New Jersey’s Ruby The Hatchet are a band that I’ve been hearing about for a minimum of five years now and found their way onto my never-ending, always-expanding ‘list’ of bands that I need to get around to checking out someday. So, seeing their new album Fear Is A Cruel Master pop up in The Sleeping Shaman promo pool, I took this as a sign that now is finally the time to check Ruby The Hatchet out and see what I’ve been missing.
Right off the bat, they sound exactly as they’ve been described to me as Fear Is A Cruel Master‘sopener The Change features the heavy, driving riffery and organ flourishes that had been mentioned, and of course, there were the soaring, epic vocals of Jillian Taylor that make Ruby The Hatchet such a standout band in a genre that can sometimes produce wave after wave of bands that are indistinguishable at times. Her voice is at once powerful, vulnerable, and both soaring and epic. In fact, if we were in a time warp, say the mid-90s, I could totally hear Change played continuously on hard rock/alt-rock radio. Its catchy, soaring chorus and fuzzy, driving riff from Johnny Scarps would fit right in with the grunge-y playlists of the day.
The second single, Deceiver, has a great main riff from Scarps, that also boasts some tasty tone, accentuated by organist Sean Hur’s well-timed flourishes. In fact, all five band members have a chance to shine as the rhythm section of drummer Owen Stewart and bassist Lake Muir also get to stretch their legs, Stewart’s driving beat holding it together allowing Muir to maneuver between his fellow musicians. Of course, there are Taylor’s vocals, which again sound fantastic.
Primitive Man features a particularly fuzzy, slippery riff from Scarps, as Ruby The Hatchet drop into a mid-tempo chug, before the epic, crushing, soaring chorus explodes out of the speakers, to say nothing of the outro chug, which is particularly killer. Taylor’s lyrics certainly seem to be hinting at her displeasure with some of those in power that would seek to restrict, and/or control, one’s thinking and living, while mankind has had to simultaneously mauver through a life-altering pandemic. Thought-provoking stuff.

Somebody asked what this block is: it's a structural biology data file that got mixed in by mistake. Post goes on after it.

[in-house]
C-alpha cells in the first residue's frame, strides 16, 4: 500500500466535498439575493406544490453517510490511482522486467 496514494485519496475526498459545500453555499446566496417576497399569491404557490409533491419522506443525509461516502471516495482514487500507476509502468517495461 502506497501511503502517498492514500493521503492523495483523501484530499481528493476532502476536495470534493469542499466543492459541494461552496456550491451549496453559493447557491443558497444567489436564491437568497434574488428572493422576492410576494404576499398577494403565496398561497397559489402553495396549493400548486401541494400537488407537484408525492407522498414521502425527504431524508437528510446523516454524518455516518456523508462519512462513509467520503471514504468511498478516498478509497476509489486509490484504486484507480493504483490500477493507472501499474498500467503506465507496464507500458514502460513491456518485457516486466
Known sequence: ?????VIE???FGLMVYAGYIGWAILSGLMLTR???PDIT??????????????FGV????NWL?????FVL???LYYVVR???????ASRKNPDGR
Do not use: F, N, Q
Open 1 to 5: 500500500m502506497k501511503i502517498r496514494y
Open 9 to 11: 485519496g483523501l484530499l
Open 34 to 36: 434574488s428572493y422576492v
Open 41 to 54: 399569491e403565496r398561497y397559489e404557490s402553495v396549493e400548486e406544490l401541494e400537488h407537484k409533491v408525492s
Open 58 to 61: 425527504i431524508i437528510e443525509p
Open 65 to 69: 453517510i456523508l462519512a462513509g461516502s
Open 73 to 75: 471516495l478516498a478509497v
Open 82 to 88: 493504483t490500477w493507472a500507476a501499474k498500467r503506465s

Ruby The Hatchet shift gears with the sorrowful 1000 Years, featuring some sad, yet epic notes from Scarps, and Taylor’s emotional lyrics sound all the more convincing with her soaring delivery. By the time we get to the organ-infused breakdown, Ruby The Hatchet has managed to take the listener on a true sonic voyage.
a timeless, heavy rock record with some classic metal vibes that goes beyond the usual stoner rock/doom metal fare…
Soothsayer comes off as a true epic classic metal song, with its driving bouncing riff, while the first single, Thruster, revisits some of the doomy, psychedelic vibes of Ruby The Hatchet’s past work, boasting another truly killer riff from Scarps, and some awesome, well-placed organ flourishes over the top from Hur. Taylor’s ‘ooh, ooh, thruster’ sounds particularly awesome on the way out, while running parallel with her bandmate’s histrionics. Thruster wound up being my favorite track on Fear Is A Cruel Master, and I can see why the band chose this as the first single.
Elsewhere, Last Saga is noteworthy, as not only being another sorrowful, ballad-type song, but here Stewart joins Taylor as co-lead vocalist as the two go back and forth, before Taylor really lets loose with some beautiful, ascending vocal work before the two harmonize on the way out. Scarp’s despondent note choices add to the emotional heft.
Fear Is A Cruel Master comes to an epic close with the charging Amor Gravis, Ruby The Hatchet again attaining an air of classic heavy metal, or certainly timeless heavy rock, with both sound, composition, structure and execution. Once again, Taylor sounds fantastic, reminding me a bit of another powerful female vocalist of a doom/psychedelic band I reviewed this year, Alunah’s Sian Greenaway, as the two women display incredible range and power, coupled with a vulnerability, and an uncanny ability to float over their bandmates riff-filled cacophony.
Fear Is A Cruel Master is the type of album that sounds fantastic regardless of year or era. It’s a timeless, heavy rock record with some classic metal vibes that goes beyond the usual stoner rock/doom metal fare. And of course, the band’s secret weapon is Taylor as she possesses a singular voice that is the perfect balance to the fuzzed-out, heavy rock her bandmates are proffering. Yet another great release in a year full of them.
Scribed by: Martin Williams